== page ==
HC Deb 18 February 1964 vol 689 cc1032-4
Mr. Speaker

I understand that the hon. Member for Dudley (Mr. Wigg) wishes to raise a complaint of privilege.

Mr. Wigg

I wish to raise with you, Mr. Speaker, a matter involving a question of privilege.

Last night, the right hon. Gentleman the Minister of Aviation told the House that today the Public Accounts Committee was meeting to consider what has now become known as the "Ferranti affair". The right hon. Gentleman went on to say: My accounting officer is appearing before that Committee tomorrow."—[OFFICIAL REPORT, 17th February, 1964; Vol. 689, c. 970.] That part of Eskine May which deals with this subject leaves the House in no doubt on the matter. I will not weary the House by reading out in full the relevant passage, but only the first and last sentences on page 119. It deals with the premature publication of Committee proceedings. [Interruption.]

Hon. Members


Mr. Speaker

Order. I hope that those who are interrupting, including those hon. Members who shout "Order", will allow me to hear what is being addressed to me.

Mr. Wigg

The section of Erskine May which deals with this matter leaves the House in do doubt about the circumstances in regard to disclosure. Therefore, with your permission, Mr. Speaker, I will quote from page 119, from the section the crossheading of which reads: Premature Publication of a Committee's Proceedings or Evidence. It states: By the ancient custom of Parliament ' no act done at any committee should be divulged before the same be reported to the House '. The last sentence of this passage reads: The publication of proceedings of committees conducted with closed doors or of draft reports of committees before they have been reported to the House will, however, constitute a breach of privilege. Therefore, there can be no question but that, if a matter is divulged from a Committee's proceedings, it constitutes a breach of privilege.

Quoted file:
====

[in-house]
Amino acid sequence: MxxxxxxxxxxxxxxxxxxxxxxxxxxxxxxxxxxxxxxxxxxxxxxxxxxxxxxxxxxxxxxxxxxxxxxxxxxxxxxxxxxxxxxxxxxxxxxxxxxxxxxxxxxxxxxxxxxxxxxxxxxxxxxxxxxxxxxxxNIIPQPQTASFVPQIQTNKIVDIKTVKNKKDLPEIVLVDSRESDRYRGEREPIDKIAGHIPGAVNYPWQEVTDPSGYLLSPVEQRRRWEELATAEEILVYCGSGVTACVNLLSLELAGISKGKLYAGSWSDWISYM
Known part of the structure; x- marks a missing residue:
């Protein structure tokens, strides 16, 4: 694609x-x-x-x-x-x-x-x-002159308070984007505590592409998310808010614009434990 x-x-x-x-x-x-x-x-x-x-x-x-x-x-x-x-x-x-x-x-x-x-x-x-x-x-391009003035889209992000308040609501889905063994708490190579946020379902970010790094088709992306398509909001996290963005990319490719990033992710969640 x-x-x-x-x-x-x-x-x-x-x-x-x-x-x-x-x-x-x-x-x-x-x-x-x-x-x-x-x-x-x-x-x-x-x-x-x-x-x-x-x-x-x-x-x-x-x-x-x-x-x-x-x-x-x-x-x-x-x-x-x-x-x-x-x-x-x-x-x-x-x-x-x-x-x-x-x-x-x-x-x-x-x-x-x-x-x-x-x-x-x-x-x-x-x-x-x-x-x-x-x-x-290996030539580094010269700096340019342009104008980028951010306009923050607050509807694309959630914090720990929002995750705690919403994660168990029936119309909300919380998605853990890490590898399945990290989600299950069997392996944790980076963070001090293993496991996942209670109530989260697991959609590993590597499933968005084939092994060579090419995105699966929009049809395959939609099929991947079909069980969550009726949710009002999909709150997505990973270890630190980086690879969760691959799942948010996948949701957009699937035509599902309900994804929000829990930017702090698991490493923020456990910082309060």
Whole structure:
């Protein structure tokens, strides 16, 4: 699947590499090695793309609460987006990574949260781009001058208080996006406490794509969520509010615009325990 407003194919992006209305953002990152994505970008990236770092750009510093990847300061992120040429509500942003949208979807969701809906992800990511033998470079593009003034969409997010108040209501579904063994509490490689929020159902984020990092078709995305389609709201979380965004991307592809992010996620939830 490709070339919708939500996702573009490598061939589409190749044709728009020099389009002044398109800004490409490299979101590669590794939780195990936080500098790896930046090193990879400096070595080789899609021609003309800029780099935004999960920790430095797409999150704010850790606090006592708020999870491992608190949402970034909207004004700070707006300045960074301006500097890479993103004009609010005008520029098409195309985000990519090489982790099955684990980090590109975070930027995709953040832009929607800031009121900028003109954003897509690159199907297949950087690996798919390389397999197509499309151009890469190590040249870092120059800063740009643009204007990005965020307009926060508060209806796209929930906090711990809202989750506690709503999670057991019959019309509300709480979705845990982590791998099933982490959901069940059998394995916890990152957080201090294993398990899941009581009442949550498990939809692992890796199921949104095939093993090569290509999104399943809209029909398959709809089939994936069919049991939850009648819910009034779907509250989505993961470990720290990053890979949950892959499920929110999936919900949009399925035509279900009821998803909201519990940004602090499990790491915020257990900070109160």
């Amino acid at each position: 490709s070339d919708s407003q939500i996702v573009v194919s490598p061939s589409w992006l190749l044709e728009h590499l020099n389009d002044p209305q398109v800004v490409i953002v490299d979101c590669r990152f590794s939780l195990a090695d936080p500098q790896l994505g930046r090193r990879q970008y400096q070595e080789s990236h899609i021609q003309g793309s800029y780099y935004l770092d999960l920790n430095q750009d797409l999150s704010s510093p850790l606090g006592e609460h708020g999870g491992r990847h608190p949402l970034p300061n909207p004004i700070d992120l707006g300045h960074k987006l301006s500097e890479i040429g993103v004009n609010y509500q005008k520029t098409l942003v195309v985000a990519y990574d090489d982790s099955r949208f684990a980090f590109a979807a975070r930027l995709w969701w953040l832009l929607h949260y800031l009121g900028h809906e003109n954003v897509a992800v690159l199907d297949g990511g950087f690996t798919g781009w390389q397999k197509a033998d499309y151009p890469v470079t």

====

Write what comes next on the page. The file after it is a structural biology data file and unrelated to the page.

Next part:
I have given the Minister of Aviation notice of my intention to raise this matter. I do not want to make too heavy weather of it, but it is very important that the correct procedure should be established and I suggest that there is here a prima facie case for consideraation by the Committee of Privileges as to where the line should be drawn. I have already established that divulgence of proceedings of a Committee is a question of privilege, but there is also the question whether the calling of witnesses and a statement that a Committee is: to meet on a matter brought before it constitutes part of those proceedings.

The only guidance I can find which throws any light on this is in HANSARD on 17th May, 1960, in a Ruling given by yourself. This Ruling was given at Question Time and was not a considered Ruling. It was in terms which are not very definite. The first words you used were: It is probably all right… and later you used the words: …I suppose, we cannot indicate in this House any proceedings before the Committee before it has reported …"—[OFFICIAL REPORT, 17th May, 1960; Vol 623, c. 1074.] In these circumstances, as you yourself were indefinite on the matter then, and as Erskine May is quite definite, I submit that it is of the utmost importance to establish this point, not to exact any penalty from the Minister of Aviation—who, I am sure, spoke in good faith—but so that the House knows where it stands on this subject.

If the interjection by the right hon. Gentleman the Minister is considered of no account, then the House must consider the converse. Supposing an hon. Member or the Press got to know that Ferranti's was to be brought before the Public Accounts Committee, and the statement was made, "Ferranti's brought before Committee ", there would be uproar. If we are able to depart from the principles laid down in Erskine May we shall no, know where we may end up.

I do not wish, as I have said, to make heavy weather of all this, but it is a matter which the House may wish to clarify in order to enforce its own rules and to understand what they are. After due deliberation, you may well consider, Sir, that the case I have made out is prima facie one of breach of privilege.

Mr. Speaker

Whether heavy weather or light, it is my duty to decide whether or no the iron. Gentleman has raised a prima facie case of breach of privilege. I will take 24 hours and rule tomorrow.